The girl opened her mouth to speak, then stopped herself. Jayce had seen this kind of reaction before. Most everyone he met had heard the stories of his legendary hammer and his unyielding heroism. They expected grandeur. They expected humility. They expected him to not be a massive jerk. Jayce inevitably disappointed them.
“What is wrong with you?” she asked.
“Most facets of my personality, so I’ve been told,” he replied without hesitation.
The child furrowed her brow. She shoved the broken doll into his face.
“Fix it. Please.”
“You’ll just break it again.”
“Look,” he said. ”Little girl. I’m very busy, and–”
Something flitted across the skylight, casting a quick shadow on the two of them. Anyone else would have assumed it was nothing more than a falcon passing overhead. Jayce knew better. He fell silent. A wry smile spread across his face as he yanked the girl toward his workbench.
“The thing is,” he said, “machines are very simple.”
He lifted a large, thin sheet of bronze and began to hammer its corners with sharp taps. “They’re made of discrete parts. They combine and recombine in clear, predictable ways.” He beat the sheet over and over until it took the form of a smooth dome.
“People are more complicated. They’re emotional, they’re unpredictable, and – in nearly every case – they’re not as smart as me,” he said, drilling a clean hole into the top of the dome. “Now usually, that’s a problem. But sometimes, their stupidity works in my favor.”
“Is this still about my doll, or–”
“Sometimes, they’re so insecure in their inferiority – so desperate to take their revenge – that they make a foolish mistake.” He grabbed a shining copper rod, and screwed it into the center of the dome.
“Sometimes people fail to protect their most precious assets,” he said, nodding at her tin soldier before holding aloft the newly-formed metal umbrella. “And sometimes, that means instead of assaulting my workshop through the more obvious front door, they try to take…”
He looked upward, “...the more dramatic approach.”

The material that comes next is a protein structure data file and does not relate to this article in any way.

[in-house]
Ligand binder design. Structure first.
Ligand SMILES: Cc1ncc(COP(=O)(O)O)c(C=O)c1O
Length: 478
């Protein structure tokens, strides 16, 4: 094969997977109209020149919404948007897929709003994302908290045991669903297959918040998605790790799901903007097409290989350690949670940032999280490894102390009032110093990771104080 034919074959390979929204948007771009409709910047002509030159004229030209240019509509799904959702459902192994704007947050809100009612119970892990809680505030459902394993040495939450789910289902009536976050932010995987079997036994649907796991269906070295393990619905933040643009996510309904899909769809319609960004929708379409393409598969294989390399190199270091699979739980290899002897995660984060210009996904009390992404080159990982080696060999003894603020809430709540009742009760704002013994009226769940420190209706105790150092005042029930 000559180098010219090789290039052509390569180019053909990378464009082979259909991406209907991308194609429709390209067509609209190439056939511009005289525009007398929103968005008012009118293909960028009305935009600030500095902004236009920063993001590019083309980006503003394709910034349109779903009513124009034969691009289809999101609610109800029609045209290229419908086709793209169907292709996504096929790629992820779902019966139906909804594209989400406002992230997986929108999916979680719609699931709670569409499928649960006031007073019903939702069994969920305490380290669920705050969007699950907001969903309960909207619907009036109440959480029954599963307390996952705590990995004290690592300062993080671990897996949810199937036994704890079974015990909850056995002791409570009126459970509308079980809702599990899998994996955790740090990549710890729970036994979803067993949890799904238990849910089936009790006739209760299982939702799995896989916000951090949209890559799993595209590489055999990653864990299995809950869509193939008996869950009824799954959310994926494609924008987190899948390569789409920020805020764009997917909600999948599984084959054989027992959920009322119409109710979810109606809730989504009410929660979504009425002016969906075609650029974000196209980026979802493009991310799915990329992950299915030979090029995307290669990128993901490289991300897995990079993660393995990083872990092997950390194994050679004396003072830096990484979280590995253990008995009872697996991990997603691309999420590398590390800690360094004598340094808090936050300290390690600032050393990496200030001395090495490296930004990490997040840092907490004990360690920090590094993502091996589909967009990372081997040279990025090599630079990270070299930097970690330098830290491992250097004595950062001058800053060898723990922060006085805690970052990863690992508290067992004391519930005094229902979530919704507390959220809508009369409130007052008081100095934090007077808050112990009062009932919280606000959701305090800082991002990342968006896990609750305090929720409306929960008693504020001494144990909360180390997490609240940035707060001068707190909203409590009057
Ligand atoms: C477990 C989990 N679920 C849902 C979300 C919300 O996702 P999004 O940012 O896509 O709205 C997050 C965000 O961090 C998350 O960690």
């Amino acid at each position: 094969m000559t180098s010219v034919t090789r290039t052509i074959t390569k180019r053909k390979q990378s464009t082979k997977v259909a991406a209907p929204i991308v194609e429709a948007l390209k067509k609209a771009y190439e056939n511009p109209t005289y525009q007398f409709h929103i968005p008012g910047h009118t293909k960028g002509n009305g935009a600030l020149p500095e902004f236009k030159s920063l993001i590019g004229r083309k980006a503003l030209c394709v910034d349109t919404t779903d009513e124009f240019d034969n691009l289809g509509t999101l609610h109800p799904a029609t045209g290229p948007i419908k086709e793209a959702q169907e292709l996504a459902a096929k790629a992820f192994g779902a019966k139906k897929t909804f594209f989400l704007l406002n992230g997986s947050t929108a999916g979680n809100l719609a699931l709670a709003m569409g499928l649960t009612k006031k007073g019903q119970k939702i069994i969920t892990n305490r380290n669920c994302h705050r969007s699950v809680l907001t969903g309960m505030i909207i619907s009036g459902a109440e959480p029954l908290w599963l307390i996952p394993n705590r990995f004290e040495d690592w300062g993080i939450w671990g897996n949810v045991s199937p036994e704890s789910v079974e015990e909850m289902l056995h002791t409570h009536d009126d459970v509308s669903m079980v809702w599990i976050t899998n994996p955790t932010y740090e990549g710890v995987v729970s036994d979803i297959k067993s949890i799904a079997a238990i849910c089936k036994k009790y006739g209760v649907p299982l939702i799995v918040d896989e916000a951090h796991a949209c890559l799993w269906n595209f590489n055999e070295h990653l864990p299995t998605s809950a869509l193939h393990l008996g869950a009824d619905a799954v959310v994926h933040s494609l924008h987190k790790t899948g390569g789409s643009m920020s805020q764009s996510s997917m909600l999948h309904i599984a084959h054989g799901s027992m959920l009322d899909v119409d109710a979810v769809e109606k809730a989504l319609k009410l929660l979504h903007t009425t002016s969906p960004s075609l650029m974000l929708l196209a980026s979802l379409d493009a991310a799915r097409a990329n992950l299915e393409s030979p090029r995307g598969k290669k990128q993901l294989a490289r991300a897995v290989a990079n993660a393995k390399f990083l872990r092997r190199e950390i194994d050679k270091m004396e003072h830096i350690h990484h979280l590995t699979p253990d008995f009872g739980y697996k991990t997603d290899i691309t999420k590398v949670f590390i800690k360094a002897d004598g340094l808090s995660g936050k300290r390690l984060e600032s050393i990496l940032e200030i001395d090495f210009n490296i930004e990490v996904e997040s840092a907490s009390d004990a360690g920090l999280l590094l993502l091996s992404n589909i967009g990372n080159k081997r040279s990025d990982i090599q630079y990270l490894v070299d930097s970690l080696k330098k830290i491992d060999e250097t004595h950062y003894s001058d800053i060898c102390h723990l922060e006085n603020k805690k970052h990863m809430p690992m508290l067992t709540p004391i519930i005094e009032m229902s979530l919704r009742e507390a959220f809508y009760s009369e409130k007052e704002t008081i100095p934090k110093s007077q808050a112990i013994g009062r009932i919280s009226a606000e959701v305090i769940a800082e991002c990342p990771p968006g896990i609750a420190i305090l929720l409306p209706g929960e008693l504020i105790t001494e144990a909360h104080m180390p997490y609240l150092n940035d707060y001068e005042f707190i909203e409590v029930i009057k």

He handed her the umbrella, which took all of her meager strength to keep aloft.
“Hold this. Don’t move.”
She opened her mouth to respond, only to yelp in surprise as the skylight shattered above her. Glass bounced off the makeshift umbrella like rain as a half-dozen men leapt down to the floor. Tubes of bright green chems protruded from the base of their necks, connecting to their limbs. Their eyes were dead, their faces emotionless. They were definitely Viktor’s boys, alright: drugged punks from Zaun’s sump level whom Viktor had pumped full of hallucinogens and hypnotics. Chem-stunted thugs who would follow Viktor’s every whim whether they wanted to or not. Jayce had been expecting to see automatons, but Viktor likely couldn’t have gotten so many through Piltover unnoticed. Still, these chem-slaves were just as much of a danger. They turned toward Jayce and the girl.
Before they reached the pair, however, Jayce’s hextech blaster exploded with voltaic energy. An orb of hextech-powered lightning shot out of its core and detonated in the middle of the group. The chem-slaves slammed into the workshop's immaculate walls.
“So much for the element of surprise, huh, Vikto–”
A hulking brute of a machine leapt down amongst the pile of unconscious chem-slaves. It looked, Jayce thought, like a cross between a minotaur and a very angry building.
“Watch out,” the girl yelped.
Jayce rolled his eyes. “I am watching him. Stop panicking. I have the situation well in-ow!” he said, interrupted as the metal beast rammed him in the chest.
The beast sent Jayce hurtling backward. He landed on a rolling cart, his back cracking from the impact.
Grunting, he pulled himself to his feet as the beast charged again.
“That’s the last time you touch me,” he said.
Jayce swung his hextech weapon as hard as he could, transforming it back into a hammer mid-swing. The minotaur lowered its head to ram Jayce again, foolishly ignoring the weapon’s arc.
The hammer found its mark with a resounding crunch. The minotaur, its head caved all the way back into its metal neck, collapsed to the floor. A cloud of escaping steam hissed from its carcass.
Jayce pulled back the hammer again, readying for another attack. He watched the skylight. A few minutes passed. Soon enough, he seemed satisfied the assault was over.
He tried to step back toward his workbench, only to double over in pain, grasping at his stomach. The girl rushed to his side.
“Still hurts where he tackled you, huh?”
“Then maybe you shouldn’t have let him,” she said. “That was stupid of you.”
Jayce raised an eyebrow at the kid. Her eyes widened, unsure if she’d crossed a line. A slow smile crept across his face.
“What was your name?”
Jayce sat at his workbench and grabbed a screwdriver.
“Gimme the doll, Amaranthine,” he said.
A massive grin broke out on her face. “So you can fix it?”
Jayce smirked at her.
“There’s nothing I can’t fix.”
|"Trust me: if we're smart, Piltover can stand strong against any threat. Hey, I'm living proof."
Jayce's Abilities can level up to 6 times, with this R automatically leveling.
- Jayce's Champion Page
- Universe of League of Legends Page
- Jayce, the Defender of Tomorrow Revealed
- Champion Sneak Peek Jayce, the Defender of Tomorrow
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- Jayce - Creative Design Ask Me Anything